Obviously, the most distinctive feature of a Great Dane is his size. This is definitely a dog for whom counter surfing is a cherished pastime. His strong tail would make a good weed whacker and is at the right height to clear your coffee table. As far as the ratio between height and length, a Great Dane should be basically square, with the dog’s torso measuring as long as it is tall.
The ears are floppy and triangular, although they are often cropped in the United States. Historically, ear cropping was done to prevent injury to the dog’s ears when he or she was hunting wild boar. There is no real reason to crop a companion dog’s ears, and the practice has been discontinued in many European countries.
What do I get in such a big package?
A watch dog? In a word, no. In spite of their large size, Great Danes are very gentle and friendly. They love other animals, children, your Aunt Marge, and even the guy who intends to rob you blind. They rarely bark.
A dog who needs lots of exercise? Not so much. These dogs will enjoy a daily walk or a romp in a fenced-in yard, but too much exercise, particularly when the dog is growing, can put the dog at risk for bone and joint problems. As an adult, dragging around his or her massive frame will cause your Dane to tire more easily than some smaller breeds. Common fence heights of four feet will not be sufficient for a Great Dane. Install a minimum six-foot fence to keep your Dane safe at home. Great Danes have been known to get their exercise by competing in dog sports such as agility, lure coursing, and flyball.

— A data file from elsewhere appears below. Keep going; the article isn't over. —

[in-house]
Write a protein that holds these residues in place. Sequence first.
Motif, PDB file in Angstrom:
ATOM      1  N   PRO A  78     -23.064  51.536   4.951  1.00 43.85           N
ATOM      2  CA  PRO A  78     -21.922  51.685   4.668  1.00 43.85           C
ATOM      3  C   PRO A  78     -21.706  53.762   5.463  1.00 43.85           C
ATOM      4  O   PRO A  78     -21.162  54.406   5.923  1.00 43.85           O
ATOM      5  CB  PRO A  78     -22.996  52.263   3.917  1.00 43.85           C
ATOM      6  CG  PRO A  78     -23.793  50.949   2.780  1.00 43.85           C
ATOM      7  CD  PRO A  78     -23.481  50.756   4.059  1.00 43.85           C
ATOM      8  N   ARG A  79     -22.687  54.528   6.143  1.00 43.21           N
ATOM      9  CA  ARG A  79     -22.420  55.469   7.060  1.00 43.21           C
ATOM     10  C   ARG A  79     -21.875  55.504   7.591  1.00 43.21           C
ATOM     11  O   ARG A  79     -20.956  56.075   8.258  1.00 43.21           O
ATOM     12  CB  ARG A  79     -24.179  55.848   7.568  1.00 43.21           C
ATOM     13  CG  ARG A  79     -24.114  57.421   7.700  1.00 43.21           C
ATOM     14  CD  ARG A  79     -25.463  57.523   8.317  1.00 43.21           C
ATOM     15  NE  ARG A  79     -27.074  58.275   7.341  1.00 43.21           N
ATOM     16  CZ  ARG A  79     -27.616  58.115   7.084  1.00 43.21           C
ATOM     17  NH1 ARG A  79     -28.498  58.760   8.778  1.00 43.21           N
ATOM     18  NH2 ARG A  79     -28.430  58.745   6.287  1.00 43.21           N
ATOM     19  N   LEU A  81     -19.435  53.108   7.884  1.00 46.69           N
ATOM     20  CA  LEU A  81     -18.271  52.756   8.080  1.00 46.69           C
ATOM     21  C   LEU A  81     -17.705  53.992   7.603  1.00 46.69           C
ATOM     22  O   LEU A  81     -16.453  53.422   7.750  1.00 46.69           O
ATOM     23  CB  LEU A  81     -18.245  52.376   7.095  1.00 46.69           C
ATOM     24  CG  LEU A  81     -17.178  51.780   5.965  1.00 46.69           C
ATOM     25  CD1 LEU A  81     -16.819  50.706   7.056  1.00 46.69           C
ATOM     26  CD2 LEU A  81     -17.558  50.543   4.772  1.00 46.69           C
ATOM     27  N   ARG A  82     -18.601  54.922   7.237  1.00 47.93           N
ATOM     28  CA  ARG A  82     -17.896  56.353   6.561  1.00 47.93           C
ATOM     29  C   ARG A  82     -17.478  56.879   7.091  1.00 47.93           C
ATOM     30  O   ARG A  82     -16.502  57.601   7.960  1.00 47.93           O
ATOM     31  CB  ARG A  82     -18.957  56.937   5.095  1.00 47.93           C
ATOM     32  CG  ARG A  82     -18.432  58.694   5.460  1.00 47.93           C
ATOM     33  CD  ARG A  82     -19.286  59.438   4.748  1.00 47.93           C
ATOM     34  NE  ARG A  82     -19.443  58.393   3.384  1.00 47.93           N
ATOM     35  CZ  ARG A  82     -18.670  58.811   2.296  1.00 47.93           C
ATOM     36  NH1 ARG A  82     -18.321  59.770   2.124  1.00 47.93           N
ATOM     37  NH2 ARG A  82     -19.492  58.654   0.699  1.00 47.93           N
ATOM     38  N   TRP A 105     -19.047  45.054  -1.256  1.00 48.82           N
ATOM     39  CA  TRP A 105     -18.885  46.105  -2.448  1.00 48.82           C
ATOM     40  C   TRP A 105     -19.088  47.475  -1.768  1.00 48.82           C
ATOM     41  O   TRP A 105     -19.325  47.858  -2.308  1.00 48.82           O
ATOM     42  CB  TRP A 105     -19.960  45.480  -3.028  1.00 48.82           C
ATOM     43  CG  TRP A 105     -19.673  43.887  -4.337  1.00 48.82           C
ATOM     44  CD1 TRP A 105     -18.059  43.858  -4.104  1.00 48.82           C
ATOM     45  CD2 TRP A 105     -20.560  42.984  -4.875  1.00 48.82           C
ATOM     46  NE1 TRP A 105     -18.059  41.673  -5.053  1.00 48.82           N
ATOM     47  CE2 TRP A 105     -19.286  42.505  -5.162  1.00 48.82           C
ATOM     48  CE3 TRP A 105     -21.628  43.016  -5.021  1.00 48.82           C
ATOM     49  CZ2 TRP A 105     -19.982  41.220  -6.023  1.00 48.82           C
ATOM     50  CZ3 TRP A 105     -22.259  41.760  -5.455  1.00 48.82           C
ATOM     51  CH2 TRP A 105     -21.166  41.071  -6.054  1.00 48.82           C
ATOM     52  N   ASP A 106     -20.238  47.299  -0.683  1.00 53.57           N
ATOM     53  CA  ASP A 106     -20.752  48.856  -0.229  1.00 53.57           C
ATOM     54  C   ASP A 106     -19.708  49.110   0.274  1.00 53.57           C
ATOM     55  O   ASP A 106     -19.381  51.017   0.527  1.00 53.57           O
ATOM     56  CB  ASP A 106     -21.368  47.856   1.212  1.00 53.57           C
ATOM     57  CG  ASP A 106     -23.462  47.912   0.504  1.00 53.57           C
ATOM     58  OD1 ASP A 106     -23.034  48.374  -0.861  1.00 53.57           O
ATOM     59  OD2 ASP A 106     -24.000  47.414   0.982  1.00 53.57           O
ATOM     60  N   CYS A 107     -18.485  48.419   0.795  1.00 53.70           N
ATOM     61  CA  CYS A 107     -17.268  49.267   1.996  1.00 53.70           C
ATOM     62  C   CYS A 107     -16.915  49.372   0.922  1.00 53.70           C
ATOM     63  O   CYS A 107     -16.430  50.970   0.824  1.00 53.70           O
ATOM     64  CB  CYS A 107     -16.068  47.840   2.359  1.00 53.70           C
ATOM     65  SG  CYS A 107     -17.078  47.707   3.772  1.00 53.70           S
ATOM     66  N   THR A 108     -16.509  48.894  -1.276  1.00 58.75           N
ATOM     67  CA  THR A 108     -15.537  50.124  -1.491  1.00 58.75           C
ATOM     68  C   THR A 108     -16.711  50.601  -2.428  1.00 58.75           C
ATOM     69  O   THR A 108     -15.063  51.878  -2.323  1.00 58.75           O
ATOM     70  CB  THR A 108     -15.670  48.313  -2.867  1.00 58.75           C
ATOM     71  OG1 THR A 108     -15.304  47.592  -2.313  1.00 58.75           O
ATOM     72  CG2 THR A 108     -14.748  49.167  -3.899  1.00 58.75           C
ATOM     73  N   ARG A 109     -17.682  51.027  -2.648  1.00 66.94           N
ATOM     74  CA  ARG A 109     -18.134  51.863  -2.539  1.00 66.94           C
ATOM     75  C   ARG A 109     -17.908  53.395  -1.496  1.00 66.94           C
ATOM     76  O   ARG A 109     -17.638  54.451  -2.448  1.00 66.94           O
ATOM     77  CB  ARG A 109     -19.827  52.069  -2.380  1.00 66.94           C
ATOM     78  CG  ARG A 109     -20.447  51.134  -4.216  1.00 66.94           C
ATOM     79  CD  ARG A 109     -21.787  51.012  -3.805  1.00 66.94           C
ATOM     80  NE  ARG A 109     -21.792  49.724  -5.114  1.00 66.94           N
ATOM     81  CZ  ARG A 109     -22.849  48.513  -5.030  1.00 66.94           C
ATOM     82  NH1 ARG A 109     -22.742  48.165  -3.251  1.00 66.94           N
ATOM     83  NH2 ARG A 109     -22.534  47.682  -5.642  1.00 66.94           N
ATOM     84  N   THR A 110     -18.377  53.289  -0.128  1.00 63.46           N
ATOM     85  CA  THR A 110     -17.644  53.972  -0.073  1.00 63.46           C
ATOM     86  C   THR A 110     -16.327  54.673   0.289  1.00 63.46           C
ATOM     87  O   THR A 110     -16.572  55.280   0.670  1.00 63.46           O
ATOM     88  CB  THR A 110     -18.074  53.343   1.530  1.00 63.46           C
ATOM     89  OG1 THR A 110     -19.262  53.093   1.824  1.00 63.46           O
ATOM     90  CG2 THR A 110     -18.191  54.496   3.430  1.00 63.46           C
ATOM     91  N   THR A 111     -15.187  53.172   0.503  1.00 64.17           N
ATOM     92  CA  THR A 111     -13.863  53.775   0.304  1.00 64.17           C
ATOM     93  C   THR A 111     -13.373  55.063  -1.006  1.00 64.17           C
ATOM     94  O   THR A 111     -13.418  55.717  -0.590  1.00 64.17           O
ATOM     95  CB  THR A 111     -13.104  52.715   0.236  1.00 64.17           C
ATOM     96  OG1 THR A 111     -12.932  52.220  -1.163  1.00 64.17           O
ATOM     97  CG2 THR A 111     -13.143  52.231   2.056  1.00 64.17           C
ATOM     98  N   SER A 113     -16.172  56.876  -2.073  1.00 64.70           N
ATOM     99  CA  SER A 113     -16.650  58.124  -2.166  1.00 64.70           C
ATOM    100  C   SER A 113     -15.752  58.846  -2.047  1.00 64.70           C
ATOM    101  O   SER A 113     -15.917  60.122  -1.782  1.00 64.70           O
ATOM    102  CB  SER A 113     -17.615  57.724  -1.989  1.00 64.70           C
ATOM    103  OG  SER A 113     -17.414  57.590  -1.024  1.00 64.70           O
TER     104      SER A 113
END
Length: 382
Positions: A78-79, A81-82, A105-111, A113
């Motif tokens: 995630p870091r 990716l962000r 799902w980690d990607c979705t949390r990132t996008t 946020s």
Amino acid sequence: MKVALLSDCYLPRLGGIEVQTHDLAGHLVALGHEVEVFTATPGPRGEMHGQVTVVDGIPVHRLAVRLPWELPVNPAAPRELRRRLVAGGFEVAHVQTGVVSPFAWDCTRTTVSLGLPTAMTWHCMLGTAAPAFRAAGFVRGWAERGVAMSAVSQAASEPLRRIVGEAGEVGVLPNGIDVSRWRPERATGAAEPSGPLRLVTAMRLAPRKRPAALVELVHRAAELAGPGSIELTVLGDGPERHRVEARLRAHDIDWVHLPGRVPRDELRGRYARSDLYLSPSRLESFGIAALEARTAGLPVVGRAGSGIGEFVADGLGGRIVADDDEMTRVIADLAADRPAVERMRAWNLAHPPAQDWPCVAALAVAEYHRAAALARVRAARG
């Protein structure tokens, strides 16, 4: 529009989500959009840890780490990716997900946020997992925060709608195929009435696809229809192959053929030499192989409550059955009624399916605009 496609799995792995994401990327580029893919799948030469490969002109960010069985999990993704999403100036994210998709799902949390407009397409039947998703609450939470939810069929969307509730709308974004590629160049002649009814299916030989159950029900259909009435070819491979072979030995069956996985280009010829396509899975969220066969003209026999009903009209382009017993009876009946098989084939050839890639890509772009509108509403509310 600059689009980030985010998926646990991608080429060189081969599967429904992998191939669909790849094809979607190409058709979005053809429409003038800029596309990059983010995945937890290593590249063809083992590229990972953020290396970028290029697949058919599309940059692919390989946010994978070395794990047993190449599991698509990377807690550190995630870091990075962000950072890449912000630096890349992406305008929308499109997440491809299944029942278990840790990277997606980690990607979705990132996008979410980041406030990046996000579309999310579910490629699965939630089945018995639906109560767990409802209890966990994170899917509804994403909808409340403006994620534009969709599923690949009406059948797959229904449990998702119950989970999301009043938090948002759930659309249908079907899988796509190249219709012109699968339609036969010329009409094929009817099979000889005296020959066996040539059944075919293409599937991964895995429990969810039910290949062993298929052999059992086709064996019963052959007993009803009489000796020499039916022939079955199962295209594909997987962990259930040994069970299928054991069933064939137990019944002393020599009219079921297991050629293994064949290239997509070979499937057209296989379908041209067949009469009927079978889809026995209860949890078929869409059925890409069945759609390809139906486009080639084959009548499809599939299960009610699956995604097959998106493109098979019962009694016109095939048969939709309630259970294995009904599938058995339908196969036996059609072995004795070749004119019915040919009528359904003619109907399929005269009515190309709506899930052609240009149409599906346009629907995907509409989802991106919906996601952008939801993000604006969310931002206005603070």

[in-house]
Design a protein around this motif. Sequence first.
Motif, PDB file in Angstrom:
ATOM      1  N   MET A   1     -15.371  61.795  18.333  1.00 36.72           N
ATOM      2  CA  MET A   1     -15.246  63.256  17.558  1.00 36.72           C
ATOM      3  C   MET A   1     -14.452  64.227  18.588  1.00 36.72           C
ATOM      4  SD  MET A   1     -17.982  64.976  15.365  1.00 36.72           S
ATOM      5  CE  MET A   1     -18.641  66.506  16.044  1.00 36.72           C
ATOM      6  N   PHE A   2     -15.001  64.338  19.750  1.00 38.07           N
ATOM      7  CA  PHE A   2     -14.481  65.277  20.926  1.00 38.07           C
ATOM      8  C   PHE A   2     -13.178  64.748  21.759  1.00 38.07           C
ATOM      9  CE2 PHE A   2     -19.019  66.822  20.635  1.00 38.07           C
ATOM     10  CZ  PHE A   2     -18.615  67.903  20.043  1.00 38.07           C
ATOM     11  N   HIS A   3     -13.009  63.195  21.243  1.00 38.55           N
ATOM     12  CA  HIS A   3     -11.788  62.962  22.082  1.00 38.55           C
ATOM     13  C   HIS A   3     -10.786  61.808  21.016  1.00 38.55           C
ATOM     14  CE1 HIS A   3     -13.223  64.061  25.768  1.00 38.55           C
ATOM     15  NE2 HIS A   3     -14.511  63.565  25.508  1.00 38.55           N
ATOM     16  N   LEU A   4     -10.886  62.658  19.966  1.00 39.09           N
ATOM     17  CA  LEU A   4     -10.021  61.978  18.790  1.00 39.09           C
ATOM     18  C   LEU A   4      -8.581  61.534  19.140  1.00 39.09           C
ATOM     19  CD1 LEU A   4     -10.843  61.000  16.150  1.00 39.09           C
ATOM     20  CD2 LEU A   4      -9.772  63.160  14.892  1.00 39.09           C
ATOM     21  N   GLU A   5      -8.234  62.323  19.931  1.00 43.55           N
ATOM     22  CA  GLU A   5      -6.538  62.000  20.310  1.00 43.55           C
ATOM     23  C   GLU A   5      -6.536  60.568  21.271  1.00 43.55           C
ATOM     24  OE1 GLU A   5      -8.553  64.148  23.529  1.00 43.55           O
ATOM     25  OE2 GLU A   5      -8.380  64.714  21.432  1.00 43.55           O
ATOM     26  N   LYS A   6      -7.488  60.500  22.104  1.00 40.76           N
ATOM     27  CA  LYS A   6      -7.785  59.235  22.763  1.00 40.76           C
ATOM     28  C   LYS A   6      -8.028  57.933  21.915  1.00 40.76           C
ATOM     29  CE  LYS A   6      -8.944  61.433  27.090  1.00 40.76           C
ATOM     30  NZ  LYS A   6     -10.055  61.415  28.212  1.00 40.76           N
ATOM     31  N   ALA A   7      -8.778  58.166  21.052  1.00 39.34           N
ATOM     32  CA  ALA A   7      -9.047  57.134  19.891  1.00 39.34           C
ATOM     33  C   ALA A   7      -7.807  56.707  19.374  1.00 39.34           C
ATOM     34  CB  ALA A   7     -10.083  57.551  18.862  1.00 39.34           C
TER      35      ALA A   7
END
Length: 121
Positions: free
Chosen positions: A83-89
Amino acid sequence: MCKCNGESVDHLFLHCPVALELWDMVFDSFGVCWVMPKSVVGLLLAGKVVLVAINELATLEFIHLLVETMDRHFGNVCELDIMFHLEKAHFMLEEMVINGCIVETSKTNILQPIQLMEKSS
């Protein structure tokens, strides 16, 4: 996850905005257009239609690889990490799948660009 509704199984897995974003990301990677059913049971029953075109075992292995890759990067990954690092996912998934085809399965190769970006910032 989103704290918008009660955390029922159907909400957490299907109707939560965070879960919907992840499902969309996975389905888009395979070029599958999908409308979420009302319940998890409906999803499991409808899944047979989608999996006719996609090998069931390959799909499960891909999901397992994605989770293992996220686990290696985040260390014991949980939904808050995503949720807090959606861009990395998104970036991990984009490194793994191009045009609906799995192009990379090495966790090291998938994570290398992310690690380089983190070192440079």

A good family companion? Most definitely. These dogs are easy to train and can adapt to any size of living space. Most people assume that large dogs need large homes, but in the case of a Great Dane, he is just as happy to lie around once he graduates puppyhood. He doesn’t need room to romp as many other large breeds do, and he will happily join you on the couch for an evening of television.